According to Georgia’s Constitution, he was the head of the executive, effectively, the leader of the country. The ministry of internal affairs also answered to him. If he did not think Melia’s arrest was right, he could have done something about it. But he just resigned in protest.
This shows that even before, he did not have powers that the Constitution ascribes to the prime minister. However, we had already known that prime-ministers are not in charge in this country. They are expendable technical managers.
Gakharia’s political weakness was further underscored by the fact that when Ivanishvili resigned from his position of GD chairman this January, his position was taken not by the prime minister, as it had been the case with Garibashvili and Kvirikashvili, but by Irakli Kobakhidze.
This boosted expectations of his pending departure. Kobakhidze was the person who voiced the government position most often, with Gakharia staying in the background.
It is always difficult to judge motives for personal decisions. But it is only natural that there will be lots of speculations on true reasons for Gakharia’s move. Many will find it difficult to believe that he suddenly became so soft-hearted.
The most probably bottom-line is that he, as his predecessors before him, lost Bidzina Ivanishvili’s trust.
We can already see a regularity here: under his informal leadership, prime-ministers do not last long. Giorgi Kvirikashvili is still the highest achiever: he stayed for two years and five months. Gakharia failed to make it to the year and a half mark.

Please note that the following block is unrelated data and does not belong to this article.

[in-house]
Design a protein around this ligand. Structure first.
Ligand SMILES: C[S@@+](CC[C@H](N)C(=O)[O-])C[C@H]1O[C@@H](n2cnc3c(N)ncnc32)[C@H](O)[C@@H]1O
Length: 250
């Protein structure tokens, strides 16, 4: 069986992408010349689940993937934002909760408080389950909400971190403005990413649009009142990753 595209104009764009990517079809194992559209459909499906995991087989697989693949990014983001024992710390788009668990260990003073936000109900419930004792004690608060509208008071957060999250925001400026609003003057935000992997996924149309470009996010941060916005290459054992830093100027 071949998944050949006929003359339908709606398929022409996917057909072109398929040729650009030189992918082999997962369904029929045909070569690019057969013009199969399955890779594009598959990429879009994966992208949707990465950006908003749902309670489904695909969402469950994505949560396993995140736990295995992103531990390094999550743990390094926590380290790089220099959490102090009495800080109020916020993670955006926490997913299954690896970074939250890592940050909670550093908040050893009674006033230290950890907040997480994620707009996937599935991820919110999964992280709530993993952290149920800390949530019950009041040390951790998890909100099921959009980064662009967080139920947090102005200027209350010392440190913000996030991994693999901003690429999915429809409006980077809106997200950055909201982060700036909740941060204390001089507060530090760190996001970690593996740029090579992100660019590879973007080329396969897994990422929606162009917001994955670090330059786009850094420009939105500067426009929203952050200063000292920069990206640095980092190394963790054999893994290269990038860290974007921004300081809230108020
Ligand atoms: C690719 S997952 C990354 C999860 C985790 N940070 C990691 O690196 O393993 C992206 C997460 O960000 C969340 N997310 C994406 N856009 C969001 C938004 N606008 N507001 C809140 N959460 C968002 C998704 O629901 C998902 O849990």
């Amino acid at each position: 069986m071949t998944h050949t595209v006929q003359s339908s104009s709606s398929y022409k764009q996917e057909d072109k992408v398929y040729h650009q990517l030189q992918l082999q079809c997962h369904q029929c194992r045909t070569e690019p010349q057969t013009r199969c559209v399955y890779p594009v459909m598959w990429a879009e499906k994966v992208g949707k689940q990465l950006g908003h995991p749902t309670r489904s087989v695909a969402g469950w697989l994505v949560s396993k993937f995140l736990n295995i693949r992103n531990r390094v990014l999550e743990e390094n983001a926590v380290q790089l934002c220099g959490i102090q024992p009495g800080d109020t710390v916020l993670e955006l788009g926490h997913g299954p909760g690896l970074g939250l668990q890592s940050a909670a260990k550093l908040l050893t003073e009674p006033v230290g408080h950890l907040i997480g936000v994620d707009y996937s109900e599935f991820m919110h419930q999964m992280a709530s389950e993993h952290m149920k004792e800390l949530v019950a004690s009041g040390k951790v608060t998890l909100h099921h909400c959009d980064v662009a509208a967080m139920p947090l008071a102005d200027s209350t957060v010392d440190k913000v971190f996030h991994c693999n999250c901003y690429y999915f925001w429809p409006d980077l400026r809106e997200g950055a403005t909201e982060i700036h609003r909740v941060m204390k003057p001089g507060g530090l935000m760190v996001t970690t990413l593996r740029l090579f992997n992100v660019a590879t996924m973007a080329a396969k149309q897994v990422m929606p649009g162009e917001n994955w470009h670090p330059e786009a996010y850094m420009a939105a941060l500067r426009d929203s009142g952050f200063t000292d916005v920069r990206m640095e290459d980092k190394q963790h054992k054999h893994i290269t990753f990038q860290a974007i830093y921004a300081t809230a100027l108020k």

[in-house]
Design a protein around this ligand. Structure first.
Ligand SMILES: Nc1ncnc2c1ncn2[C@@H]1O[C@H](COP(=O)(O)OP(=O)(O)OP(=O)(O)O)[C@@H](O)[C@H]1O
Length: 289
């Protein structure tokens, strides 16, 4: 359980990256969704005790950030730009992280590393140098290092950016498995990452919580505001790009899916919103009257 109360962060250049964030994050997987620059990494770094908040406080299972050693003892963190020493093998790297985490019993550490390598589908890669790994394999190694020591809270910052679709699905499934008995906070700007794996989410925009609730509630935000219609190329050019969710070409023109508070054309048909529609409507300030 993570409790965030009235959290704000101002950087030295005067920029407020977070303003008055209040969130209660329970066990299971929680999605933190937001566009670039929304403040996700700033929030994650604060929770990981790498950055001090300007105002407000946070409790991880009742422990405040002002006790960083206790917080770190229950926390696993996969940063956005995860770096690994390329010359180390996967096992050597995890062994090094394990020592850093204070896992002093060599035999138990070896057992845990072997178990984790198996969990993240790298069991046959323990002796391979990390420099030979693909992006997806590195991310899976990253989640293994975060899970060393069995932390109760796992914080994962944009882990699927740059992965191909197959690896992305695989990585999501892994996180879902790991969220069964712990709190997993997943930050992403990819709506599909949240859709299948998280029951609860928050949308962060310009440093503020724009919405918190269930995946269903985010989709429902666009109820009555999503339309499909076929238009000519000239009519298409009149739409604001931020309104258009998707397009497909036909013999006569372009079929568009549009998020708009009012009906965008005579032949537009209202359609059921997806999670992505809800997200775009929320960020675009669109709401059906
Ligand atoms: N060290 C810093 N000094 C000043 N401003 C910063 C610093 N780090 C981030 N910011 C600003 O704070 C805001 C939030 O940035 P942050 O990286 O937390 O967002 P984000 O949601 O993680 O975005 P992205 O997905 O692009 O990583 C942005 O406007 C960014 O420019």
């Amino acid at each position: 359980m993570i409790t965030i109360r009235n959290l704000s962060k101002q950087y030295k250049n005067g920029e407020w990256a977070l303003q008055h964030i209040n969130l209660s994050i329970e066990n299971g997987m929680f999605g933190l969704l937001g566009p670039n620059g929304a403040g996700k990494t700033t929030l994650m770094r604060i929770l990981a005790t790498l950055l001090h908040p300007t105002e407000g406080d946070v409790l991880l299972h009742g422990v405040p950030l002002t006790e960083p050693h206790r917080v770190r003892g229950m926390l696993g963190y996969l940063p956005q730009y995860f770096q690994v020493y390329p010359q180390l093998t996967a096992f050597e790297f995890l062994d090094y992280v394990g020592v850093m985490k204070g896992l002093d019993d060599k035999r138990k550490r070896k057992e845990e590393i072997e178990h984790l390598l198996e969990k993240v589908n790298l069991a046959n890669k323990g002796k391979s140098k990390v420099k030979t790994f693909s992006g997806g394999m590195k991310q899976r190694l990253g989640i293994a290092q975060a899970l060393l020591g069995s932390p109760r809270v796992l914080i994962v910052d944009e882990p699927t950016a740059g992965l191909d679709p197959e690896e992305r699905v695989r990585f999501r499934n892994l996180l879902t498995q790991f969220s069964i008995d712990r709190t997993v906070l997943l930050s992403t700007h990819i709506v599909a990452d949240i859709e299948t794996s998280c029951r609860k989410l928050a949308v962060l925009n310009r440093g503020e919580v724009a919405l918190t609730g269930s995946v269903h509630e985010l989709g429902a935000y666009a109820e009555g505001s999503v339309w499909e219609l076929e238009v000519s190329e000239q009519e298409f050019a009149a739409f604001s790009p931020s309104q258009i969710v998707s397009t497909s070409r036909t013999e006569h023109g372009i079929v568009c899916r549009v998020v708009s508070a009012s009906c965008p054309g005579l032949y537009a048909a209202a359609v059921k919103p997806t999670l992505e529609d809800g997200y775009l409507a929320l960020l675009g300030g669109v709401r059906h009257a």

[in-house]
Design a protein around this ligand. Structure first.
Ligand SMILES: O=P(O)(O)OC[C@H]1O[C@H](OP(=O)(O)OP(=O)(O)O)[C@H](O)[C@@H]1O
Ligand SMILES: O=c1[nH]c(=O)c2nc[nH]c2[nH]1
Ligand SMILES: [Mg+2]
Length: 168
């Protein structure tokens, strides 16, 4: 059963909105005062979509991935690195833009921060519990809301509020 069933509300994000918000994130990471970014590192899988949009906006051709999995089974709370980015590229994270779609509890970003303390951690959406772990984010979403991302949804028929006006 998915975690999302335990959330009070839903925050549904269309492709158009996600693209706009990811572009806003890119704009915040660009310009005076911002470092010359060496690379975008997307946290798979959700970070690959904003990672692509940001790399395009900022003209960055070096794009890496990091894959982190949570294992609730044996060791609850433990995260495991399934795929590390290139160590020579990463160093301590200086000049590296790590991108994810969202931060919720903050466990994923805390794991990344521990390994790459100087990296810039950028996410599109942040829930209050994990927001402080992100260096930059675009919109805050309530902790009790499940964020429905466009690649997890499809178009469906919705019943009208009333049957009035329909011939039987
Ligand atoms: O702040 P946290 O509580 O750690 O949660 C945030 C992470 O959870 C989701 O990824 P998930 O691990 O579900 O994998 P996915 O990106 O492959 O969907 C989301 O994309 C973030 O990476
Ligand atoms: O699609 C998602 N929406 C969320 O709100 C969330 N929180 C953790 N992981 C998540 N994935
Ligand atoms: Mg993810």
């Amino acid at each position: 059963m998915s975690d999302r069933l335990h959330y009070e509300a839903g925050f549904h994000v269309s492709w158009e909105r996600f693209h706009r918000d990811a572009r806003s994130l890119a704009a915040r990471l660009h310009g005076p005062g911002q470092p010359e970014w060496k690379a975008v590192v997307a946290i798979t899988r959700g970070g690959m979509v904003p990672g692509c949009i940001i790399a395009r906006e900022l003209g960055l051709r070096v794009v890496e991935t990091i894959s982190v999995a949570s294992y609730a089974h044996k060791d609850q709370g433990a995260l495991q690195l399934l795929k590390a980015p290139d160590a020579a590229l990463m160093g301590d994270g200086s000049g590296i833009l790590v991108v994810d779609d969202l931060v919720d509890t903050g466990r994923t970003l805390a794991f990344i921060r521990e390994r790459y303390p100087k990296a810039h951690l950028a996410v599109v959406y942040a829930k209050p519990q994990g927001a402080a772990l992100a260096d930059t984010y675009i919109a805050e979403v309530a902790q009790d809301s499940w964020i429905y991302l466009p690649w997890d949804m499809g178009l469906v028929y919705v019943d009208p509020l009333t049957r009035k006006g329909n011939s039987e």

However, the decision to slam the door and state disagreement on a critically important decision was his.
What did that mean? If he has independent political ambitions, that was the way to leave. But this is not the only possible explanation.
Maybe he just could not take it anymore and wanted to make a dignified exit. Moreover, he might have wanted to at least partially offset his reputation defined by an episode when people lost their eyes from rubber bullets.
It is of a much greater consequence what we should expect from the GD after this. The experience teaches us that in Ivanishvili’s team, the prime minister’s persona is not too important; however, Irakli Garibashvili’s comeback is notable in two ways.
This is an individual who has proven his full personal loyalty to Ivanishvili after being unceremoniously dismissed from the position of the prime minister; moreover, he is the favorite of anti-liberal, anti-western forces.
This choice makes one think that GD plans to continue the hard line against the opposition and civic activists.
Even though western politicians criticized plans to arrest Melia in no uncertain terms, so far GD leaders (possibly, save for Mr. Gakharia) did not pay much attention.
The government appears to refer to the western opinion only when it coincides with its interest.
However, Gakharia’s scandalous resignation may stimulate greater involvement of the democratic international community; it may try, once again, to instill a modicum of greater rationality in the Georgian political process.
The alternative is even greater polarization and uncertainty, or more of politically minded repression.
Ghia Nodia, the head of the Caucasus institute for Peace, Democracy and Development